“We need everyone to join us in the work,” said Mayor Michelle Wu in her inaugural speech. In a couple weeks time, we’ll know if that was a well-meaning but empty promise.
Civic unity looks a little less likely after the hyperpolitical, racially-tinged wrangling over Boston City Council redistricting got a decibel boost last week from U.S. District Court Judge Patti Saris, in the role of the monsignor sent down to break up a rowdy after-hours Dorcherster Bark in the Park.
Girls’ Latin alumnus Saris, from girlhood in West Roxbury to the federal bench, has had a front row seat for all the changes the city has gone through in the past sixty years. And all that experience came in handy last week when Saris threw the Boston City Council’s redistricting map back at them for overhaul with a scathing 41-page ruling that the majority had “relied on race as the predominant consideration,” a major constitutional no-no.
It wasn’t a tough call. The Council’s liberal majority either didn’t know or didn’t care about the Equal Protection Clause’s prohibition against racial gerrymandering, openly discussing racial demographics, climaxing with Councilor Tania Fernandes Anderson’s ill-advised remark that “racial tension…that’s a good thing….you know it’s due time.”
Is that a whiff of revenge for years of minority voter suppression? Smells like human nature. As Anderson, one of four newly-elected councilors of color, put it: “If we’re here and you’re not used to it and you’re uncomfortable, that is a good thing.”
But payback is not a legal principle. And while it’s an understandable impulse, the notion that race-based redistricting remains necessary to level the playing field for minority voters and their candidates in a city with a non-white mayor and majority non-white Council seems outdated to Saris: “There is no evidence on the record to support [the contention] ‘that the White majority votes sufficiently as a bloc’ to defeat the preferred candidate of Black voters [in District 4/Mattapan]. Quite the contrary: in District 4, the preferred candidate of Black voters won in 2015, 2019 and 2021 in municipal elections.”
“[Black former State Rep.] Byron Rushing was elected from a 75-85% white district for about 30 years, and [white former House Speaker] Tommy Finneran was elected from a 65-70% African-American district for about 20 years,” recalls former City Councilor Larry DiCara. “So these patterns have been evolving for a long time. And because Judge Saris grew up in the city and she has seen the city evolve, she understands.”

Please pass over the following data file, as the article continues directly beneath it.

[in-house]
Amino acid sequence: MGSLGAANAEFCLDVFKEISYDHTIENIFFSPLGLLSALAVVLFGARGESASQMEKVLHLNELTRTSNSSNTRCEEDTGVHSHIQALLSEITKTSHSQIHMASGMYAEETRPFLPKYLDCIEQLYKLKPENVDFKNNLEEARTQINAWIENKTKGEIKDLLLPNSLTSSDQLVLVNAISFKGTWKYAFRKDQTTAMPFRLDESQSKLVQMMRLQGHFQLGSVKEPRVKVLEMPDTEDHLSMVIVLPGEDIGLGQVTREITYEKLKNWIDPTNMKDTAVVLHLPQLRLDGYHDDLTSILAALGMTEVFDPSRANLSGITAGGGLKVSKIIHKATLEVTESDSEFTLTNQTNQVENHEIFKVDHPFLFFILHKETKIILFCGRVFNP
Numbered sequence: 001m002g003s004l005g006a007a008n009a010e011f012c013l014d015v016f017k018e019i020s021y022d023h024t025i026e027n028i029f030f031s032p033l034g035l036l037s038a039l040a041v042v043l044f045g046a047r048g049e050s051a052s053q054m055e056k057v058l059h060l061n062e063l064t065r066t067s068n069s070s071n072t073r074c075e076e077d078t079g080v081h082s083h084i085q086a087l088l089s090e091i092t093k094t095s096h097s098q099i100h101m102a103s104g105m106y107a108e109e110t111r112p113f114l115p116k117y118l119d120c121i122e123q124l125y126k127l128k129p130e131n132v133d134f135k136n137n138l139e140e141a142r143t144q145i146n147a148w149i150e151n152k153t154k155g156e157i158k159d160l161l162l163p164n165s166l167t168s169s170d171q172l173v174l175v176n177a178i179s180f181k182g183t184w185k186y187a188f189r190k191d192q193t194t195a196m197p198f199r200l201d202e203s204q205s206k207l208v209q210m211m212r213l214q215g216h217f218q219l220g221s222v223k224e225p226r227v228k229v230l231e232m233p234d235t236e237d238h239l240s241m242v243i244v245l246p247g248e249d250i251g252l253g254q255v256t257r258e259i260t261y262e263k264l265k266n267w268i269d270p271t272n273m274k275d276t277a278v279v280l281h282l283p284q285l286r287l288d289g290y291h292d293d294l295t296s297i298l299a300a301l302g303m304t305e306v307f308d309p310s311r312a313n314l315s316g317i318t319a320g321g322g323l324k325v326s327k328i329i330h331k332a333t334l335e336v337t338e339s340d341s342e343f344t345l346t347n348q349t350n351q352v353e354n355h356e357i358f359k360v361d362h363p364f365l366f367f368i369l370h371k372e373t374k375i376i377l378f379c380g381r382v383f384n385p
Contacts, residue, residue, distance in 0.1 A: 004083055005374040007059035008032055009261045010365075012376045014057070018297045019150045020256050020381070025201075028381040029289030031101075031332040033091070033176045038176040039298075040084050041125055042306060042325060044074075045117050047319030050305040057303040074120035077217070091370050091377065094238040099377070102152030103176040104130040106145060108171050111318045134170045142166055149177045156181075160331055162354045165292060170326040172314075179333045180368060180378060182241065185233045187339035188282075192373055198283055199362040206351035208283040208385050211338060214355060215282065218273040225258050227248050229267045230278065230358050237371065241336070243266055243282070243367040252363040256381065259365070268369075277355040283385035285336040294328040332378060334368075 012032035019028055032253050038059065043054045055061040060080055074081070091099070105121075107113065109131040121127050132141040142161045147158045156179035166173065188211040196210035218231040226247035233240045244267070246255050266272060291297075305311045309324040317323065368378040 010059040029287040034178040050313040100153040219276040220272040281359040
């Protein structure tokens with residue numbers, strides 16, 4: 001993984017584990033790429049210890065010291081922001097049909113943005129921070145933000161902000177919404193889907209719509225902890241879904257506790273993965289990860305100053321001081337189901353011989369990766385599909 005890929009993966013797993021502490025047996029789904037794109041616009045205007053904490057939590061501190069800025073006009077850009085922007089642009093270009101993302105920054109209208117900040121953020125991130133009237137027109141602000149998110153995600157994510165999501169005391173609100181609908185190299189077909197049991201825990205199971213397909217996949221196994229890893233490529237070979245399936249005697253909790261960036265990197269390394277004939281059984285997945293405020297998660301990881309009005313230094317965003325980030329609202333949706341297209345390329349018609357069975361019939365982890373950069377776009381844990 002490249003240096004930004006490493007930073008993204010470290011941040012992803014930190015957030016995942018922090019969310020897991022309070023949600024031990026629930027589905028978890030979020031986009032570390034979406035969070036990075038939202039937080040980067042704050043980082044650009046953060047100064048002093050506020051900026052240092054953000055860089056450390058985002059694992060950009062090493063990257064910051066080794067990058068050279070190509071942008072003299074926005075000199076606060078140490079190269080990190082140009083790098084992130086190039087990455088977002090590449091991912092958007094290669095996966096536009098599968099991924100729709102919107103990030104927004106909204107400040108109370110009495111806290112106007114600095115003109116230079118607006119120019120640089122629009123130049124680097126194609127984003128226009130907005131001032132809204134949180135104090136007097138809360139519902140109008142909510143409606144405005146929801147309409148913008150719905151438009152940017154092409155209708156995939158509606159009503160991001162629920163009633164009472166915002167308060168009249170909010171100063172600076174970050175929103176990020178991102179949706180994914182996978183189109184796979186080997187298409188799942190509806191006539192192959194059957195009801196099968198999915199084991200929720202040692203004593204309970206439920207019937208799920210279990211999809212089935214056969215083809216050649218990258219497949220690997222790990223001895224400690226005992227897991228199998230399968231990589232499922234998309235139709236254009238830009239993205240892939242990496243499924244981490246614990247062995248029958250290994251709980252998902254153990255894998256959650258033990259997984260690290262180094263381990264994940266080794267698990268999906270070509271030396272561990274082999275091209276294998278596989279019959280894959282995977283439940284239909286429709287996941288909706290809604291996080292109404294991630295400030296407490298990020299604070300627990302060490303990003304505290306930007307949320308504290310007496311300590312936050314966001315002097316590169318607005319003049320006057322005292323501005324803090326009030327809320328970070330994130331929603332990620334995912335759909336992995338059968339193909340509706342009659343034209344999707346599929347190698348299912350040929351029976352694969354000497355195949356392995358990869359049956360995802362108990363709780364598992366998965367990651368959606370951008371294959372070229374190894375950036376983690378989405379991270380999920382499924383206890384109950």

But do the councilors she ruled against get it? At the first post-ruling Council meeting, as Councilor Julia Mejia cast her vote against referring the redistricting re-do to a committee headed by Council President Ed Flynn, she looked right at Flynn and said “there’s a level of mistrust here.” Funny, both Councilors Frank Baker and Erin Murphy, who backed the lawsuit, used that same verb to describe their view of the defendants. Meanwhile, Flynn, hailed by Councilor Ricardo Arroyo as “one of the kindest and hardest-working people I know” when he supported Flynn’s election as president in December 2021, is now the enemy since stripping Arroyo of redistricting oversight last fall during the controversy over his personal past. Talk about payback: his council critics have threatened to use their majority to dump Flynn from the presidency.
Which brings us back to Mayor Wu, who counts Flynn as a valuable ally on rent control. Her new redistricting plan gives the plaintiffs most of what they wanted, and was promptly dismissed by the Lawyers for Civil Rights coalition as a “‘Make Boston Great Again’ proposal that threatens decades of progress.”
If Boston’s new political math finds that conciliators like Flynn and Wu equal Satan and Trump, decades of progress are threatened alright. Not to mention how it shreds Wu’s inaugural equation: “The reason to make a Boston for everyone is because we need everyone for Boston right now.”
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